SOC Corporation was established in Tokyo on November 27, 1958, as San-O Industrial Corporation. San-O means “Three Kings” in Japanese, and derives from SOC’s founding spirit of placing the utmost value on its customers, shareholders and employees.
At the time of SOC’s founding, fuse-elements were made of either alloys or pure metals. Alloys used included lead (Pb) and tin (Sn); pure metals included zinc (Zn), copper (Cu), and silver (Ag). Whatever they were made of, however, there was only ever one element per fuse.
Televisions in 1962 were in the midst of the transition from black and white to color sets. At that time, color televisions often had spare fuses attached to the rear of the set since their fuses tended to blow with great frequency.
The engineers of the time understood that television fuses frequently blew because of the large transitional current which flowed for several milliseconds when televisions were switched on and which charged the capacitor circuit. This current could reach a maximum surge waveform of 60 A, which could not be handled by the single straight-wire element fuses of the time. SOC invented a wound fuse-element which would not blow for surge currents, but would for currents which could be potentially dangerous. Starting with the color television, this invention ushered in an age for all electronic equipment wherein spare fuses were no longer necessary.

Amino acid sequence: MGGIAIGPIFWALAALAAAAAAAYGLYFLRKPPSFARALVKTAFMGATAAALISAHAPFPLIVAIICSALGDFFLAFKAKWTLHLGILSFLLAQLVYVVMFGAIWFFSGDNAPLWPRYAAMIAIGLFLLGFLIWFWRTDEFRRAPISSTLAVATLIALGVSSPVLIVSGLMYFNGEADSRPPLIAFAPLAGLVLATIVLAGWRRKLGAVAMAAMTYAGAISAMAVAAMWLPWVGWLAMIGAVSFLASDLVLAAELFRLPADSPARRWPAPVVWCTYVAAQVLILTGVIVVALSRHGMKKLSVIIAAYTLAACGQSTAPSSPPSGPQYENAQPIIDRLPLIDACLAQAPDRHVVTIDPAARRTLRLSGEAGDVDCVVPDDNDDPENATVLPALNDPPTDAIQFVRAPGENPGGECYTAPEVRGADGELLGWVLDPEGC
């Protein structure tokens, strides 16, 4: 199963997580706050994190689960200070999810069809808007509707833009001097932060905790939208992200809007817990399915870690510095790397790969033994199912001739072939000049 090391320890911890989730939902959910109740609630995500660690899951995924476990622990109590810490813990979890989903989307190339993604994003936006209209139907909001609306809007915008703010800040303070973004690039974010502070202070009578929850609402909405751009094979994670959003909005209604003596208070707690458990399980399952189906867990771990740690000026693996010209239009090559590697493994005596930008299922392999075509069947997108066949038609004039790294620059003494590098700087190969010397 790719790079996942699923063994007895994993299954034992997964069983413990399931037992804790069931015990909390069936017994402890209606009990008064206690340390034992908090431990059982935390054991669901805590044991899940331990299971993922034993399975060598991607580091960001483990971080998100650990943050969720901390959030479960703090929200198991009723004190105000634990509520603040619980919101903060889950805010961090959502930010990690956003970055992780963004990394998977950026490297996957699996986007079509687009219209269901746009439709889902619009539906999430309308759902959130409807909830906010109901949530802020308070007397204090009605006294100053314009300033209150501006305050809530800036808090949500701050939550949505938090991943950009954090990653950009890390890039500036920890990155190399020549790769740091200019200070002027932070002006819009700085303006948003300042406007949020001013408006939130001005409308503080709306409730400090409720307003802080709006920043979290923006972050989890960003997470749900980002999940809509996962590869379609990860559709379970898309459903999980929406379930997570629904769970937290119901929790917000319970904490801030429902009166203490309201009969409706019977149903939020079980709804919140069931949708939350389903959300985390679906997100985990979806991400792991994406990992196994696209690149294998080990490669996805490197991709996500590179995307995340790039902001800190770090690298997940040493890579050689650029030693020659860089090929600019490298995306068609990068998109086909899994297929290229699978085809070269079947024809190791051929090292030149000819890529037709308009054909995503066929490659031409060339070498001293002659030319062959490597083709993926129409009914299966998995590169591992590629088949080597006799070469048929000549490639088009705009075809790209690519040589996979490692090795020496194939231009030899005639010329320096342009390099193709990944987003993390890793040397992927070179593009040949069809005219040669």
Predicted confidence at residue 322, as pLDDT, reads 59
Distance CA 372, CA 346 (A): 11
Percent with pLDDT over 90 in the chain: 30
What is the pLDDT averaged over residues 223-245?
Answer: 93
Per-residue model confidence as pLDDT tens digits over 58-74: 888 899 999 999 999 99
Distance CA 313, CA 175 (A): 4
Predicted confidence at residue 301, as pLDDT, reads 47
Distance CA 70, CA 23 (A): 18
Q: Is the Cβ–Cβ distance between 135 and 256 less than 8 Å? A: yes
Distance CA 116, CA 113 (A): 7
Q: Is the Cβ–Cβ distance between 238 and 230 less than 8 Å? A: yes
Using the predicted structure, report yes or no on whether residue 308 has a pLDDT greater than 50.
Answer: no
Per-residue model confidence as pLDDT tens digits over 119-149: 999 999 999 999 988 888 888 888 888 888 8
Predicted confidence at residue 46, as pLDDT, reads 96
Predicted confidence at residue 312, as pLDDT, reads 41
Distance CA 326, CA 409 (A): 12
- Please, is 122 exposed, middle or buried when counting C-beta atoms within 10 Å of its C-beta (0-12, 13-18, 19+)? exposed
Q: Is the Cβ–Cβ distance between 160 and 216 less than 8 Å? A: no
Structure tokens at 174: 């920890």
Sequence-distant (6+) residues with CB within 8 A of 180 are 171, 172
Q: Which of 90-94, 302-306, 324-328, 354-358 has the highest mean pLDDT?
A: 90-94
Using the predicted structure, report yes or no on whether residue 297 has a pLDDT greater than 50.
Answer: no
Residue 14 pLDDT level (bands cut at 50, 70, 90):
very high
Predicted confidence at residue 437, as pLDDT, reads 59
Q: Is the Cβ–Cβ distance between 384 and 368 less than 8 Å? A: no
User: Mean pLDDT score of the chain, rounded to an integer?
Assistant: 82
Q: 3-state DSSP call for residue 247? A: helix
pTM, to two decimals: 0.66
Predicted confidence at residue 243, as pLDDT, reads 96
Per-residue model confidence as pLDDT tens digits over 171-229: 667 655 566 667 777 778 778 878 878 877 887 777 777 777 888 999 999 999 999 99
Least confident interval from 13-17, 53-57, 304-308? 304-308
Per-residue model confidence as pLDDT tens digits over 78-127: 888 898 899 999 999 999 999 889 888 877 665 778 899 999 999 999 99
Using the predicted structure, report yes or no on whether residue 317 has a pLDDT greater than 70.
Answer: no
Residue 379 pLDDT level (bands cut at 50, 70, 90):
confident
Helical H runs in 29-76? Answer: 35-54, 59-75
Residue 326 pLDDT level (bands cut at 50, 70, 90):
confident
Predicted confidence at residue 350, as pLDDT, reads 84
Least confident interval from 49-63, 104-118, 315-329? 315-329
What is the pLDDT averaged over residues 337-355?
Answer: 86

When appliances which require a large starting torque for their motor circuits (such as refrigerators, air conditioners and washing machines) are switched on, a trapezoidal-shaped waveform with a large current flows through them. Up until 1975, the fuses which were used to deal with these large currents employed elements made of metals with low melting points, and took advantage of the mechanical function of springs. As a result, the fusing performances of these fuses varied widely. By winding the element around a ceramic core, SOC invented a new type of element, and with this invention began manufacturing time-delay fuses with extremely stable fusing performances.
Following the establishment of its first overseas subsidiary in New York, USA, in 1975, SOC opened the Tochigi Factory in Nasu, Tochigi Prefecture, Japan, in 1978.
SOC established sales offices in the Netherlands and Singapore in 1990, and began production at its newly opened factory in Akita Prefecture, Japan, in 1991.
SOC is currently collaborating with automobile companies for the development of fuses to protect their next generation circuits. SOC is committed to delivering fuses with the world’s greatest capabilities and highest quality.